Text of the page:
After weeks of storms and wild weather, I finally got out to the forest this week to carry on with my recording. As far as I can find out, all the living veterans and ancients are fine, and just a few birches have fallen. That’s good then.
But… a couple of the standing dead trees didn’t do so well. One is a tree that I came across in September. It’s right next to a grassy path, a hollow shell of a trunk that had a wide long opening on one side.
I remember it well because of a very distinctive hollow root – maybe the root was damaged when the army were in the forest during the war? Or before? The tree was alive at that point, and healed the edges around the damaged area, but the wood inside the root had decayed away since then, leaving a cavity. The tree still had bark on when I saw it, and had only died within the last ten years.
This week I was walking on that same path, and it was a case of ‘hang about, there’s that hollow root’ but the tree was on the ground!
Interesting that the hollow root stayed right there in the ground, whereas most of the others tore out of the ground. The foxglove is still there.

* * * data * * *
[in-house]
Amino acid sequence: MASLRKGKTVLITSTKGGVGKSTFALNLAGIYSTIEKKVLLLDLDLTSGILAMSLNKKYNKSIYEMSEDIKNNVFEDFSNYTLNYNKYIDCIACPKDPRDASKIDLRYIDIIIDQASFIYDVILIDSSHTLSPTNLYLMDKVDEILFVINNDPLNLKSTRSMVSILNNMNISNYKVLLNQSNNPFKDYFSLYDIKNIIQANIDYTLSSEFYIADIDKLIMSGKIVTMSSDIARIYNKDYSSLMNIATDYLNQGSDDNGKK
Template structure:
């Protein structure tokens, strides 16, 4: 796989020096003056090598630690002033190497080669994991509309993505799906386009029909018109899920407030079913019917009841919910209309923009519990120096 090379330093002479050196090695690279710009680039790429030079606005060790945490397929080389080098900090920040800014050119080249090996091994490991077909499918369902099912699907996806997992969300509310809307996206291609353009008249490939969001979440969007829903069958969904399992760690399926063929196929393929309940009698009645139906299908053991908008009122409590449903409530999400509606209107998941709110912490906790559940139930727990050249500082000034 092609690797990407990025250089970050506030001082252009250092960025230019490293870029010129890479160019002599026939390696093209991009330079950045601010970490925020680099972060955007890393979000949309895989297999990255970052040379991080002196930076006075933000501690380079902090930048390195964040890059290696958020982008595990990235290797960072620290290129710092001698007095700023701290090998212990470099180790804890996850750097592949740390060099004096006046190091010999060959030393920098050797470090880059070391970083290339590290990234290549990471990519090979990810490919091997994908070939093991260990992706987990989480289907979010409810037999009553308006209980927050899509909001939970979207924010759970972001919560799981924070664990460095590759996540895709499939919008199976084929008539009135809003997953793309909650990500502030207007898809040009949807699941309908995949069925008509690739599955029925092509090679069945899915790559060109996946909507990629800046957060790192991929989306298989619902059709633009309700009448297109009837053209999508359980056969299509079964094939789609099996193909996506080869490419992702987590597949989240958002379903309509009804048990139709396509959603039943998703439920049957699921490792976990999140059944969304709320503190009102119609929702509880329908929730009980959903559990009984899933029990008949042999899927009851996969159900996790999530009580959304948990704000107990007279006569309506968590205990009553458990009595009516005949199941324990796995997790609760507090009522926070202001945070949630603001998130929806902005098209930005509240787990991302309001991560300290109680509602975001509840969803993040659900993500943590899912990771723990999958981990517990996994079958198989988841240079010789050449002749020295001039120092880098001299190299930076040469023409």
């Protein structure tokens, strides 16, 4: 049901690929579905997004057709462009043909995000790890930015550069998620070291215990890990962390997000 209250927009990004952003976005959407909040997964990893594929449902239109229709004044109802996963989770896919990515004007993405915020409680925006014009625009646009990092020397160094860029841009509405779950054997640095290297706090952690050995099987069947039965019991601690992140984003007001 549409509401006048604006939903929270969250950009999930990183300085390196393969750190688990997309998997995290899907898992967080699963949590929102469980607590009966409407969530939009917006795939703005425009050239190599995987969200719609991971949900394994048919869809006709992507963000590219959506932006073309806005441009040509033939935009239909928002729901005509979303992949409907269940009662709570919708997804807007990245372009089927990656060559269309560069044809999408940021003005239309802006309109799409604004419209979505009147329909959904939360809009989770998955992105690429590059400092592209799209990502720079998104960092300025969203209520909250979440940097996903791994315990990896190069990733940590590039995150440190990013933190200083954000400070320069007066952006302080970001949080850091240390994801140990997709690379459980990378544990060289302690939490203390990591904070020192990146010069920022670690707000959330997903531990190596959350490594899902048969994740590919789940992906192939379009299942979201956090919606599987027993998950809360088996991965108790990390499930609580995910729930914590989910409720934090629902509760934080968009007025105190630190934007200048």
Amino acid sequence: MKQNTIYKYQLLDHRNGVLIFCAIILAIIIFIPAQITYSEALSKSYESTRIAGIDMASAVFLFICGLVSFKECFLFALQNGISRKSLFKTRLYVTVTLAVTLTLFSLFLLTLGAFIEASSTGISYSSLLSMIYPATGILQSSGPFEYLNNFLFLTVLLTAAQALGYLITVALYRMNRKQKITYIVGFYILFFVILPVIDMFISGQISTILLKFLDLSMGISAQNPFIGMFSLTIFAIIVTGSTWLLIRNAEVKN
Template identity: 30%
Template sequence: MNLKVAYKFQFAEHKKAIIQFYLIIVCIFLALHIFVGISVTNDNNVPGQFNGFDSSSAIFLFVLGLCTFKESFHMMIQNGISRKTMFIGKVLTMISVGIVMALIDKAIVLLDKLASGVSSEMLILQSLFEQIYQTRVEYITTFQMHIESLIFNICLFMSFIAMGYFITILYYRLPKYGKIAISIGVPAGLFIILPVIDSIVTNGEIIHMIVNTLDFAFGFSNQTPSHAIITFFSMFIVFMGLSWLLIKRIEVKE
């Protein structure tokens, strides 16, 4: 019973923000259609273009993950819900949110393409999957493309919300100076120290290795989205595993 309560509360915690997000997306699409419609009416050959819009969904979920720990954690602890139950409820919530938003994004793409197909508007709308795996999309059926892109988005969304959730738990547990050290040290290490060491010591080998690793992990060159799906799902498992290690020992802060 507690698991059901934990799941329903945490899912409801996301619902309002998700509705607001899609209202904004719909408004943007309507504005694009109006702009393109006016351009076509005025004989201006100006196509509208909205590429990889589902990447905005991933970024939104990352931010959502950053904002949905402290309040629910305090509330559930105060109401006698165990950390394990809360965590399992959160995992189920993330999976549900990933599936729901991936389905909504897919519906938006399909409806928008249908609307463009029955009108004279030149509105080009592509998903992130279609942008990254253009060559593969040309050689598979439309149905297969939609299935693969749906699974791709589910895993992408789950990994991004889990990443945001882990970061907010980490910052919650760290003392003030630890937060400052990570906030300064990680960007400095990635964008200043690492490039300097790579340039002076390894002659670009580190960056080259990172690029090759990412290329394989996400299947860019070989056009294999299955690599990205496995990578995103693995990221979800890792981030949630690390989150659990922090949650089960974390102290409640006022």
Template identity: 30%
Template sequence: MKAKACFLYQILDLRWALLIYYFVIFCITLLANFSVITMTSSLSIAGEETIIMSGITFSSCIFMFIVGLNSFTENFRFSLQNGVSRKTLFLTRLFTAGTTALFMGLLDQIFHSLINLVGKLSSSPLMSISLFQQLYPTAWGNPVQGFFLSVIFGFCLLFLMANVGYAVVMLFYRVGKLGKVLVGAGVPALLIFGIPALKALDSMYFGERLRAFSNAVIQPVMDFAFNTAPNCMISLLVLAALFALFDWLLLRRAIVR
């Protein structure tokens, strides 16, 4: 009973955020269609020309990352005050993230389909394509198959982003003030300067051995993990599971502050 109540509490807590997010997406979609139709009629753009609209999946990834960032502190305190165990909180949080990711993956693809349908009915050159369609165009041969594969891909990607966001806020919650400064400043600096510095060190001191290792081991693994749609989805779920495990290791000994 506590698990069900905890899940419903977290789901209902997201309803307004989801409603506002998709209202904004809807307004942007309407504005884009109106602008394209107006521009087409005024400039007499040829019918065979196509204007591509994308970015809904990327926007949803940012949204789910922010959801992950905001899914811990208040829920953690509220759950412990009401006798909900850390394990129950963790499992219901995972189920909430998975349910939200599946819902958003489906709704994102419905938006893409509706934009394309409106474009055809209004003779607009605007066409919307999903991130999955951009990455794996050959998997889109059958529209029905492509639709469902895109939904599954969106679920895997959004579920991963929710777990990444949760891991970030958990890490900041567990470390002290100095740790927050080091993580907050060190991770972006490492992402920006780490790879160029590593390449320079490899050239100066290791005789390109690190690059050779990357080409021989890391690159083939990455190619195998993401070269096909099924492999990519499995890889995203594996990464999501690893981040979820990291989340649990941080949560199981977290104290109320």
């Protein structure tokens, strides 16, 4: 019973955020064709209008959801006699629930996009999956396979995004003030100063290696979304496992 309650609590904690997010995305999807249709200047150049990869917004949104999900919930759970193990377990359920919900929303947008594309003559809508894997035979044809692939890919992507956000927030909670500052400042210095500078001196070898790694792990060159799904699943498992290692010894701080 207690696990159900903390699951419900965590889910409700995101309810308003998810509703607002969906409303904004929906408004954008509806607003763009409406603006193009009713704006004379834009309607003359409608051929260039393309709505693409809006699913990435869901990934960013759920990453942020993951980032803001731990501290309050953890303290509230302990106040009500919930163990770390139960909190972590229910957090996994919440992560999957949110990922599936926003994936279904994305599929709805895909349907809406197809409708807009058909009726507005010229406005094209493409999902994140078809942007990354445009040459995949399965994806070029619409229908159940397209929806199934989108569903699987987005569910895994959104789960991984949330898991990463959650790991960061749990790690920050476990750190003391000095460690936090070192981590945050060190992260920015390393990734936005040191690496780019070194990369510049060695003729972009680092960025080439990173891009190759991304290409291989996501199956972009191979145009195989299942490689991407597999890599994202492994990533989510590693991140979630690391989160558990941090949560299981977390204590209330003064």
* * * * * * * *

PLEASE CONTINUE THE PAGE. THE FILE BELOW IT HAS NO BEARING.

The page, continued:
Elsewhere in the forest, but not too far away…..
Another fallen tree – quite a different one! This one was a tall dead oak with many holes, one that has been dead for quite some time. This was definitely a fresh fall – the brown rot was such a vibrant colour, and was spilling out of the trunk. Actually it was really interesting to see just how hollow the trunk was/is, along its length, and what the inside is like – often quite difficult to tell from the outside.
So this tree was quite solid still, lower down, but the brown rot was sort of crumbly, alongside the more solid deep/rich brown wood. The brown rot didn’t look cuboid, like it sometimes does. The outside of the barkless trunk is a weathered grey-buff colour.
Definitely not at the stage of being a hollow shell yet – or at least in the lower trunk.
The upper trunk is more like a hollow shell and it broke apart in the fall. The inside decaying wood couldn’t hold the trunk together
Some of the wood at the very top of the tree was interesting – full of invertebrate holes:
I’d been to this area back in the autumn but had decided not to record some of the trees on that visit – the nettles and undergrowth were too dense, and yes, it’s definitely easier to walk in that area now. I did take photos from a distance – useful, in hindsight. Here’s what I think is this tree (have to double check all my notes…) while it was still standing:
I wish I’d have recorded it fully back then – it would have been really interesting to see if there were any cracks or flaws that meant that it broke where it did. I’ll go back to it over time now, to see how it changes now it’s on the ground. Certainly a different habit niche for different invertebrate species.
That’s it for now….
Coming soon – trees with props under their branches.